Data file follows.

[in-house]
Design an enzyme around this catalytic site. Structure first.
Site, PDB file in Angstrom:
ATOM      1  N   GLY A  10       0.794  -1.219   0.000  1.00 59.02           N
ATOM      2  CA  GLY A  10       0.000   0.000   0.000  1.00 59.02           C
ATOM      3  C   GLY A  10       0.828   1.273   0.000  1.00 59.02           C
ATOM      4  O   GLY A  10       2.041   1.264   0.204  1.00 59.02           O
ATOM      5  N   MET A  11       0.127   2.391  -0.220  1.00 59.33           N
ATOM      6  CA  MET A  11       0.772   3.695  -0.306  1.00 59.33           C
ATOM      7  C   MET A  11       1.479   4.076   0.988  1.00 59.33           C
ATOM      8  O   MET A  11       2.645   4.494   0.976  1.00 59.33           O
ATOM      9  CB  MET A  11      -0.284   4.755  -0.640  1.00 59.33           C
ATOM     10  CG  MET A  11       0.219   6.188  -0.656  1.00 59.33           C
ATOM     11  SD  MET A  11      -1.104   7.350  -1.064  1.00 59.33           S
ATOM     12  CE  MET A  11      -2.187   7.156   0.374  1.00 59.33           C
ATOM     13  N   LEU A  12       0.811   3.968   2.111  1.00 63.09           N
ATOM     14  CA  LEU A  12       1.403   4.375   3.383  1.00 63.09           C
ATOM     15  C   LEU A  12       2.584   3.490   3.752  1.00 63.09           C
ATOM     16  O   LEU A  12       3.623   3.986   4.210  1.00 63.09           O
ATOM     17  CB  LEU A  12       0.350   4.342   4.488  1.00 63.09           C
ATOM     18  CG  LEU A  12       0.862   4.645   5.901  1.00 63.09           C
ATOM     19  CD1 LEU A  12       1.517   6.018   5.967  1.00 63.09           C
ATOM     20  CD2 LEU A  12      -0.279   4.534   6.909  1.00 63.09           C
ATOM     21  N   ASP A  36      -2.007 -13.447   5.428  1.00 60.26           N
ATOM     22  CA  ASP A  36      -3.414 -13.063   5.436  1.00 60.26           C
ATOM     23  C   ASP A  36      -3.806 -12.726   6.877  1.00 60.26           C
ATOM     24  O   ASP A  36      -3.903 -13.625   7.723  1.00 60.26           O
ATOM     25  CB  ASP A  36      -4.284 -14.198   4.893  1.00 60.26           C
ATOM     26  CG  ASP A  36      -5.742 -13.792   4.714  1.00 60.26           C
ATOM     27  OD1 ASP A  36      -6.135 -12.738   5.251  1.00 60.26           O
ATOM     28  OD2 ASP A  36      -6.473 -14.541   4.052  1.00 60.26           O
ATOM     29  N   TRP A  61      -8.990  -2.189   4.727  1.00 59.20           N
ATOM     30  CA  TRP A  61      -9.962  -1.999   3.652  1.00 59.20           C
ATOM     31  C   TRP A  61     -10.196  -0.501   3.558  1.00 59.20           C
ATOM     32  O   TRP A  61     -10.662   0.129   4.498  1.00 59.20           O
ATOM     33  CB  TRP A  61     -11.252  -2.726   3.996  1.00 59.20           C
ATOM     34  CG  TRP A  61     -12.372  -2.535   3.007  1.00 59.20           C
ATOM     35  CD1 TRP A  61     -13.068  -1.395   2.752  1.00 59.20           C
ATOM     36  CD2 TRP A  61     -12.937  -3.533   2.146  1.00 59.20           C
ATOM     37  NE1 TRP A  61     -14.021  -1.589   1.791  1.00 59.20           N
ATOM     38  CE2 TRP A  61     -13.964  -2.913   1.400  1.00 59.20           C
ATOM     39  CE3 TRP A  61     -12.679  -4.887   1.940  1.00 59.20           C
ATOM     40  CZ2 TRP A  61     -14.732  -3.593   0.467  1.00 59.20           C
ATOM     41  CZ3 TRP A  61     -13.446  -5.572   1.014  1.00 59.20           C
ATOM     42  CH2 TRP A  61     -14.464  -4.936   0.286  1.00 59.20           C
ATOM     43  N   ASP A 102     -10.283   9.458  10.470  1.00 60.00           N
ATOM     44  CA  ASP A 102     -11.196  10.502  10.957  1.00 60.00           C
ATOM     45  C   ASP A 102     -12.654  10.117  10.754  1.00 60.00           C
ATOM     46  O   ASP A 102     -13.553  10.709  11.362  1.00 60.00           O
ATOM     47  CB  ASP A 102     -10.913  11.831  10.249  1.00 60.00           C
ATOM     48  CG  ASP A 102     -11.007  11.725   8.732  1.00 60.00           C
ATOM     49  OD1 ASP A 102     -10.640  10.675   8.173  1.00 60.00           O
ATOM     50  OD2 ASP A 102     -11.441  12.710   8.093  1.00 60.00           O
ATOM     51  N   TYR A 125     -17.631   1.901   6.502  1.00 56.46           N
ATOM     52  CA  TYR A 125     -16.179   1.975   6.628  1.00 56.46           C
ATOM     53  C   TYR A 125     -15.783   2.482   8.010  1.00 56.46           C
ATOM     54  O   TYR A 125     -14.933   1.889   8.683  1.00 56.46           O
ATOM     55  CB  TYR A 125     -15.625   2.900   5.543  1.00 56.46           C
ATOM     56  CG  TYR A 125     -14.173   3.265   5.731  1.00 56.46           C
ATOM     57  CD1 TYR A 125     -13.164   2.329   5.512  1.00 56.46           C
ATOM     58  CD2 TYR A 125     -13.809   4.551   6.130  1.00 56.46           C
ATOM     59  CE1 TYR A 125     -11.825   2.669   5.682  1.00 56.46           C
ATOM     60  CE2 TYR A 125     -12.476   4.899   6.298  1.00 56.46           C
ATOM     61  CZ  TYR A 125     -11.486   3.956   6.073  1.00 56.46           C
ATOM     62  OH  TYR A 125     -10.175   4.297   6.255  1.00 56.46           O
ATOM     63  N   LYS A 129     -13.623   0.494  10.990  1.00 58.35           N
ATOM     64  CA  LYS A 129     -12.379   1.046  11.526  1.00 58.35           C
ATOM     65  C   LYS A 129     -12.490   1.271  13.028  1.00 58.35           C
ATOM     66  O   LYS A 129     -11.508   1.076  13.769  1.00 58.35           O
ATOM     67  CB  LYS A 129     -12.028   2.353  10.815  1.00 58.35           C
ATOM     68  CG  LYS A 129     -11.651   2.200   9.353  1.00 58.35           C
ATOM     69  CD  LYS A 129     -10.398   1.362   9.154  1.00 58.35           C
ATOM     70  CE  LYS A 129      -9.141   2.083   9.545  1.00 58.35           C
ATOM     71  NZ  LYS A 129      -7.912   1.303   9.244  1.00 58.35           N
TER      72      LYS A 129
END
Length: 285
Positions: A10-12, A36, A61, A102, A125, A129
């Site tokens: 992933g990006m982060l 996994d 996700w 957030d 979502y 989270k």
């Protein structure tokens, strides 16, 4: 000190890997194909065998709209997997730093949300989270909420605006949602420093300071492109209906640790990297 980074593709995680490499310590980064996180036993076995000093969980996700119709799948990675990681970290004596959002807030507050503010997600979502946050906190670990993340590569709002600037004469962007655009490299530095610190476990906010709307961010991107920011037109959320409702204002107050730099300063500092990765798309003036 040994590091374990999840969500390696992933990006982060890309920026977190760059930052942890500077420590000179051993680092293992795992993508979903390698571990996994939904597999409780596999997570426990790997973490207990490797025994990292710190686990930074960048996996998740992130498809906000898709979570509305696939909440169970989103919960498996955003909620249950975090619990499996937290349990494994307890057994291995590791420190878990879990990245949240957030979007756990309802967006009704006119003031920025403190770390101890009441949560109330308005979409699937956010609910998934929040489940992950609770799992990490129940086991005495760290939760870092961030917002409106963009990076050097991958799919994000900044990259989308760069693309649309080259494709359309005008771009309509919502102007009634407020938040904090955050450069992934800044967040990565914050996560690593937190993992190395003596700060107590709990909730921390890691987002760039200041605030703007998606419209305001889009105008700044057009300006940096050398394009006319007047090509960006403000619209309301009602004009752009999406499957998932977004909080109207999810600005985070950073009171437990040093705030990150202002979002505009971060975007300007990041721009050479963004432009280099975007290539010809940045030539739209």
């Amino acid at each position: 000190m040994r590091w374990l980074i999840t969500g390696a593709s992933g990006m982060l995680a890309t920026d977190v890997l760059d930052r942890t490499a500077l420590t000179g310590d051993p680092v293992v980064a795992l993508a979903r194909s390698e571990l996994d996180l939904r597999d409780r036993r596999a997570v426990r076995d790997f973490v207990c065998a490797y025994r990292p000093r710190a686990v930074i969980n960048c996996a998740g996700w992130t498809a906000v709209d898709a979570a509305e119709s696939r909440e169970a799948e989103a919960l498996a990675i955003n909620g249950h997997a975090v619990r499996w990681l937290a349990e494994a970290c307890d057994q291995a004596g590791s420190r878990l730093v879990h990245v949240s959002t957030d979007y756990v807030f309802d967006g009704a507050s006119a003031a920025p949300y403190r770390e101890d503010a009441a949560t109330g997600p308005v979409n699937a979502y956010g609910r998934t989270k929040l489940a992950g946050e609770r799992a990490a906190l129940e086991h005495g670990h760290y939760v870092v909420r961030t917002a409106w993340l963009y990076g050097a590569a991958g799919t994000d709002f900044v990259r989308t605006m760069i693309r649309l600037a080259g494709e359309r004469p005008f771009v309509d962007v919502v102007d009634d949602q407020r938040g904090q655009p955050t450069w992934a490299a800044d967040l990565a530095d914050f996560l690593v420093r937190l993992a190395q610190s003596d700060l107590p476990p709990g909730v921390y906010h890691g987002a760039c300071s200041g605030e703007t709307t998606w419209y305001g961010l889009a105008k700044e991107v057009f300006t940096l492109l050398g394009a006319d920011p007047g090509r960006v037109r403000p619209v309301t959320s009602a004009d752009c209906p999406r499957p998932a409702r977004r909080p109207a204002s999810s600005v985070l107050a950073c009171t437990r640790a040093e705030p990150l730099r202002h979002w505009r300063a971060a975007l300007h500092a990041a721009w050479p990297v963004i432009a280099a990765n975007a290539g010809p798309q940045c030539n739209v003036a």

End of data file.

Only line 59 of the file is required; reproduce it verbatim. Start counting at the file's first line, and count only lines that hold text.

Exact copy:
ATOM     56  CG  TYR A 125     -14.173   3.265   5.731  1.00 56.46           C